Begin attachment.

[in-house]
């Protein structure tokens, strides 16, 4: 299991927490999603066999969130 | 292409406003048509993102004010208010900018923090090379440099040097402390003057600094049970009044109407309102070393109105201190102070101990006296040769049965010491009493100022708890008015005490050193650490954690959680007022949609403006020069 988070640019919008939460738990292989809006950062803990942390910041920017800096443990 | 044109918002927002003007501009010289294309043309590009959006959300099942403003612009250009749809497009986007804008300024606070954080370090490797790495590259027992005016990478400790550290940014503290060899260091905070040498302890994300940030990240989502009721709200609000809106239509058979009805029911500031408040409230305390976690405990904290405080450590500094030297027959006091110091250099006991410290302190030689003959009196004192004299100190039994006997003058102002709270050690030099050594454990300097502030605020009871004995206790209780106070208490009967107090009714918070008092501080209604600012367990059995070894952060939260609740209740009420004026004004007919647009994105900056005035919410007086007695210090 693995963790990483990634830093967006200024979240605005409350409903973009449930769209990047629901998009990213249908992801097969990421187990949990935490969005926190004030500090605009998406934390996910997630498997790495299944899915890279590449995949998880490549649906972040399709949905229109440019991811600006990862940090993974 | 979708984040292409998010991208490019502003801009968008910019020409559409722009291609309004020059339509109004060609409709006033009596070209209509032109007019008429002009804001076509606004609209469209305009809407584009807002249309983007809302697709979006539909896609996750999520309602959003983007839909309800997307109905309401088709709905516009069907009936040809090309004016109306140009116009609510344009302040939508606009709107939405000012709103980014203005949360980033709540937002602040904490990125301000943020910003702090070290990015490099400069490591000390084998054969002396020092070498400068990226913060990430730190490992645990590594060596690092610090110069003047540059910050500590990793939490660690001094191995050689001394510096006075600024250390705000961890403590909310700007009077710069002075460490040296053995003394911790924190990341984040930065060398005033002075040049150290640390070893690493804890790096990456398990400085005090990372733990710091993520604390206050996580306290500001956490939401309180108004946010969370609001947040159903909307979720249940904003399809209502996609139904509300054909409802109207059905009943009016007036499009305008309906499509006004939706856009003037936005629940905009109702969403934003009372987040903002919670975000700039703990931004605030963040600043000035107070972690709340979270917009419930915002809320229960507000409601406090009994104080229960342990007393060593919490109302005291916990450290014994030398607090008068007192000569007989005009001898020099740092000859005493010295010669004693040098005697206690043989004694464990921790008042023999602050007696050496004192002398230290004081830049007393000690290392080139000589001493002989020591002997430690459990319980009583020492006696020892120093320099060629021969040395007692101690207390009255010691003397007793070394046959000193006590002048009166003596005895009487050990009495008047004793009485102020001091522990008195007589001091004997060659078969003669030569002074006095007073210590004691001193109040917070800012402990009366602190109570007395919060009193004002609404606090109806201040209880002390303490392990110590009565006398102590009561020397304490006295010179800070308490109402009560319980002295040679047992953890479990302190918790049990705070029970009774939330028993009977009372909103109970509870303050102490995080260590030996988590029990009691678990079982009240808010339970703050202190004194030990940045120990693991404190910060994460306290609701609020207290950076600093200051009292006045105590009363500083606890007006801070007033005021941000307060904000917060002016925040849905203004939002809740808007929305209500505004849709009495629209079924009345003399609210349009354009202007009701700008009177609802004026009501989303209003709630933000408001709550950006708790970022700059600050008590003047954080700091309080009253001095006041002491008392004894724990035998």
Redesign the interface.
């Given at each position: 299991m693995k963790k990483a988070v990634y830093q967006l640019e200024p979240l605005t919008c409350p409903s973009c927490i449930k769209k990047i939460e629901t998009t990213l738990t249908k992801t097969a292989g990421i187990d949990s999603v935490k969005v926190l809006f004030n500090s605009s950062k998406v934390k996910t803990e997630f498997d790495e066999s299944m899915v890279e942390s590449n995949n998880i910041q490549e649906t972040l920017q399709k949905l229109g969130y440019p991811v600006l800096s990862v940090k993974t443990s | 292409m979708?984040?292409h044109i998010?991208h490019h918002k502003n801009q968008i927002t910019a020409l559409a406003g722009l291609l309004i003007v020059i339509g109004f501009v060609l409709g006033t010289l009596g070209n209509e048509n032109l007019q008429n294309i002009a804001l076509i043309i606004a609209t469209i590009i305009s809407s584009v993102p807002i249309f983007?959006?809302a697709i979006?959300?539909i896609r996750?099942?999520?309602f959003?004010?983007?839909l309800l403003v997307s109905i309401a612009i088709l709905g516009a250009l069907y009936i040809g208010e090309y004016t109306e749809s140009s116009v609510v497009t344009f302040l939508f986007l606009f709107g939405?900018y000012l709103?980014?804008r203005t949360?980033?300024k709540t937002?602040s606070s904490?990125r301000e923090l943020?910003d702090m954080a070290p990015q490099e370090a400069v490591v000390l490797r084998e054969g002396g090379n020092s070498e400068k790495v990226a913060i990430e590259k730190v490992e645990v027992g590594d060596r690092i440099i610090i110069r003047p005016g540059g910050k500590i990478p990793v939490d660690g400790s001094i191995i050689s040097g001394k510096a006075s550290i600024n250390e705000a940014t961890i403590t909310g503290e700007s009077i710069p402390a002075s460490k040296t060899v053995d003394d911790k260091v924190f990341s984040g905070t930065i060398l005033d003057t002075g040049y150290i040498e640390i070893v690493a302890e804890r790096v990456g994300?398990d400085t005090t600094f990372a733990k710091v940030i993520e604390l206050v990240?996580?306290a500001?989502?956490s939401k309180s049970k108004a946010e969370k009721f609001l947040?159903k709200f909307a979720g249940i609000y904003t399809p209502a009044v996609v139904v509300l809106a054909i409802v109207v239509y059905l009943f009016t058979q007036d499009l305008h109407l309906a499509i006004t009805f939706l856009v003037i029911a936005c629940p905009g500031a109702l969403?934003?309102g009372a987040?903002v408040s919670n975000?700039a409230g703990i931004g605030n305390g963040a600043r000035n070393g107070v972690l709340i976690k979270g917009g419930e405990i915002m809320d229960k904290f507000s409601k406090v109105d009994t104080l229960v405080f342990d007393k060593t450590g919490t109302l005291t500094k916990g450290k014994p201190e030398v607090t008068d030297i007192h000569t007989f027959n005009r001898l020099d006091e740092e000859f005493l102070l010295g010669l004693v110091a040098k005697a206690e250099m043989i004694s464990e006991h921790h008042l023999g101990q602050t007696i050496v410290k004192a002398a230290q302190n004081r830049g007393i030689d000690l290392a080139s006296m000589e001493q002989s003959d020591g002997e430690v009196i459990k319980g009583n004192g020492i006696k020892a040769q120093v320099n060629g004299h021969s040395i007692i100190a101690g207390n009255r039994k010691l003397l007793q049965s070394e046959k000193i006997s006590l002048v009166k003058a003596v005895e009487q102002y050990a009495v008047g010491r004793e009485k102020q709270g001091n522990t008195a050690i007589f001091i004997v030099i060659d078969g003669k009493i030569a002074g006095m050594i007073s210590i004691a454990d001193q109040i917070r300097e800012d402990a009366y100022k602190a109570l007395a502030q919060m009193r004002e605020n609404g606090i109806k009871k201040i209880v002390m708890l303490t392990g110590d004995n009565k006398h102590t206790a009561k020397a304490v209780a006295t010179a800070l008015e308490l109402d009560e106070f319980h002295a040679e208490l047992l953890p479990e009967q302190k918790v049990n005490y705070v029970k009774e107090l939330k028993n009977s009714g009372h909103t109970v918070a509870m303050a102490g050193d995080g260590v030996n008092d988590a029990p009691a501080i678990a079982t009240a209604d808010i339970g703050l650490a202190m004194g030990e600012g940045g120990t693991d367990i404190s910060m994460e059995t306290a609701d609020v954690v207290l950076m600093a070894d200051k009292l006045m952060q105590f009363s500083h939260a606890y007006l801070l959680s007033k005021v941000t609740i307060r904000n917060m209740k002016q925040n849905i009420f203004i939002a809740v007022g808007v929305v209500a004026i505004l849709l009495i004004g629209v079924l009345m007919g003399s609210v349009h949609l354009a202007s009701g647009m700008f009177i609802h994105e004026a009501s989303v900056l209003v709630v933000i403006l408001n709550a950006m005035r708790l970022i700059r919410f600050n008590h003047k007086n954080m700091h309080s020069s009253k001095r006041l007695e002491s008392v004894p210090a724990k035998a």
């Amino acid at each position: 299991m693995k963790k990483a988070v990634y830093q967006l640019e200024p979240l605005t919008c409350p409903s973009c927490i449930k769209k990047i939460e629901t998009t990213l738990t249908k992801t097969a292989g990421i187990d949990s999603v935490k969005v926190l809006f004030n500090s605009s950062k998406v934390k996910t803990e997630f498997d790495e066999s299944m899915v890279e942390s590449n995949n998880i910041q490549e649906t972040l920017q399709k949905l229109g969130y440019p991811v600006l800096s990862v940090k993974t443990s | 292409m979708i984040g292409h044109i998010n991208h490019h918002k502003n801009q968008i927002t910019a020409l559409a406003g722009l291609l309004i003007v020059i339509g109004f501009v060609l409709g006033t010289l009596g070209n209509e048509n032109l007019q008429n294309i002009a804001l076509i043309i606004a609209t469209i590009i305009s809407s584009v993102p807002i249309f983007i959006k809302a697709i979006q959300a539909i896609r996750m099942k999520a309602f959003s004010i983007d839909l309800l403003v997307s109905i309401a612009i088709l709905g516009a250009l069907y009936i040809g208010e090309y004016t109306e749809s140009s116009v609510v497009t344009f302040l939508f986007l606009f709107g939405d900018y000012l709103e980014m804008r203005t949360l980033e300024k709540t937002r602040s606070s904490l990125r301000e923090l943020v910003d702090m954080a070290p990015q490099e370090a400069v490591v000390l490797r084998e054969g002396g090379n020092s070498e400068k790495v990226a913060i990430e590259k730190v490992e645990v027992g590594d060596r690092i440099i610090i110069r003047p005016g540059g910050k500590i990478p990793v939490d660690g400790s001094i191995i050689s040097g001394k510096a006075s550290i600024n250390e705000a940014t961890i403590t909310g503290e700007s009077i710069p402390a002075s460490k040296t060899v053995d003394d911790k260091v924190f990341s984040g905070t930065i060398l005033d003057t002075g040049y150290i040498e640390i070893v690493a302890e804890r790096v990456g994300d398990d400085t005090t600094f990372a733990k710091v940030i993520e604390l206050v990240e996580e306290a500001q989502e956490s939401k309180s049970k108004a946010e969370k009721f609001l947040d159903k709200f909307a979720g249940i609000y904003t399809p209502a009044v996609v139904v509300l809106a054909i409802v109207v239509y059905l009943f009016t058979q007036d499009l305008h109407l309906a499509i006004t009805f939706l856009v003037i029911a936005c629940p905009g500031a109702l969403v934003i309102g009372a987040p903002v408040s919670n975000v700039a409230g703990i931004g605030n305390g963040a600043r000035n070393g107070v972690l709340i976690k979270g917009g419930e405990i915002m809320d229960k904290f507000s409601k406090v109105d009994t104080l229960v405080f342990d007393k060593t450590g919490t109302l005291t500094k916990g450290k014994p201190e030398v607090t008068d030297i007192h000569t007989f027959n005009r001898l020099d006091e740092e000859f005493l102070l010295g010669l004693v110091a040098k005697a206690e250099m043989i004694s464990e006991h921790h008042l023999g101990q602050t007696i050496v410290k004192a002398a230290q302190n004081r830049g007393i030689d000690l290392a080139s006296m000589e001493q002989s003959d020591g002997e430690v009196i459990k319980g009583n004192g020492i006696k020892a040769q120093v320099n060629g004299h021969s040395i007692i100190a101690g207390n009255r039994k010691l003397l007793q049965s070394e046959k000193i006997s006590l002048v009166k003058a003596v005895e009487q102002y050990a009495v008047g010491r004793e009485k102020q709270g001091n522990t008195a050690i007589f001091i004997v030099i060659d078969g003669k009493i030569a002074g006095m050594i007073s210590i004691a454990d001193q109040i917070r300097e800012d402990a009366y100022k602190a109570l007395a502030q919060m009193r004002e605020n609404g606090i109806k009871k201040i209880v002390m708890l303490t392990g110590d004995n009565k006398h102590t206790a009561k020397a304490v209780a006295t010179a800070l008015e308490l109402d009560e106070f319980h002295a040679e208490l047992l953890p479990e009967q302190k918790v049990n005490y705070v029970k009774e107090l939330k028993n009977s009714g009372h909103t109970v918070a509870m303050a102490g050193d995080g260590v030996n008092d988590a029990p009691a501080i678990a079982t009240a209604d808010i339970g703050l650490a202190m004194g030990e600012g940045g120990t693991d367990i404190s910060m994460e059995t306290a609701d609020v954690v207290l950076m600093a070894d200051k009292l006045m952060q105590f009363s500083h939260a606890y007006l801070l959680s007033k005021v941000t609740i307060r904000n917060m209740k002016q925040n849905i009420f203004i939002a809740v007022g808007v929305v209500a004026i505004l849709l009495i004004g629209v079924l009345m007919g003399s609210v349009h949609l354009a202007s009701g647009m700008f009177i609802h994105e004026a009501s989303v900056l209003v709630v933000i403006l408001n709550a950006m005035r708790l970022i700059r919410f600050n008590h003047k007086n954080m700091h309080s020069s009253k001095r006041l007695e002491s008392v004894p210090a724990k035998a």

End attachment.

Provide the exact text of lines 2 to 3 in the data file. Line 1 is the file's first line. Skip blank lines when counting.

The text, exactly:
């Protein structure tokens, strides 16, 4: 299991927490999603066999969130 | 292409406003048509993102004010208010900018923090090379440099040097402390003057600094049970009044109407309102070393109105201190102070101990006296040769049965010491009493100022708890008015005490050193650490954690959680007022949609403006020069 988070640019919008939460738990292989809006950062803990942390910041920017800096443990 | 044109918002927002003007501009010289294309043309590009959006959300099942403003612009250009749809497009986007804008300024606070954080370090490797790495590259027992005016990478400790550290940014503290060899260091905070040498302890994300940030990240989502009721709200609000809106239509058979009805029911500031408040409230305390976690405990904290405080450590500094030297027959006091110091250099006991410290302190030689003959009196004192004299100190039994006997003058102002709270050690030099050594454990300097502030605020009871004995206790209780106070208490009967107090009714918070008092501080209604600012367990059995070894952060939260609740209740009420004026004004007919647009994105900056005035919410007086007695210090 693995963790990483990634830093967006200024979240605005409350409903973009449930769209990047629901998009990213249908992801097969990421187990949990935490969005926190004030500090605009998406934390996910997630498997790495299944899915890279590449995949998880490549649906972040399709949905229109440019991811600006990862940090993974 | 979708984040292409998010991208490019502003801009968008910019020409559409722009291609309004020059339509109004060609409709006033009596070209209509032109007019008429002009804001076509606004609209469209305009809407584009807002249309983007809302697709979006539909896609996750999520309602959003983007839909309800997307109905309401088709709905516009069907009936040809090309004016109306140009116009609510344009302040939508606009709107939405000012709103980014203005949360980033709540937002602040904490990125301000943020910003702090070290990015490099400069490591000390084998054969002396020092070498400068990226913060990430730190490992645990590594060596690092610090110069003047540059910050500590990793939490660690001094191995050689001394510096006075600024250390705000961890403590909310700007009077710069002075460490040296053995003394911790924190990341984040930065060398005033002075040049150290640390070893690493804890790096990456398990400085005090990372733990710091993520604390206050996580306290500001956490939401309180108004946010969370609001947040159903909307979720249940904003399809209502996609139904509300054909409802109207059905009943009016007036499009305008309906499509006004939706856009003037936005629940905009109702969403934003009372987040903002919670975000700039703990931004605030963040600043000035107070972690709340979270917009419930915002809320229960507000409601406090009994104080229960342990007393060593919490109302005291916990450290014994030398607090008068007192000569007989005009001898020099740092000859005493010295010669004693040098005697206690043989004694464990921790008042023999602050007696050496004192002398230290004081830049007393000690290392080139000589001493002989020591002997430690459990319980009583020492006696020892120093320099060629021969040395007692101690207390009255010691003397007793070394046959000193006590002048009166003596005895009487050990009495008047004793009485102020001091522990008195007589001091004997060659078969003669030569002074006095007073210590004691001193109040917070800012402990009366602190109570007395919060009193004002609404606090109806201040209880002390303490392990110590009565006398102590009561020397304490006295010179800070308490109402009560319980002295040679047992953890479990302190918790049990705070029970009774939330028993009977009372909103109970509870303050102490995080260590030996988590029990009691678990079982009240808010339970703050202190004194030990940045120990693991404190910060994460306290609701609020207290950076600093200051009292006045105590009363500083606890007006801070007033005021941000307060904000917060002016925040849905203004939002809740808007929305209500505004849709009495629209079924009345003399609210349009354009202007009701700008009177609802004026009501989303209003709630933000408001709550950006708790970022700059600050008590003047954080700091309080009253001095006041002491008392004894724990035998």
Redesign the interface.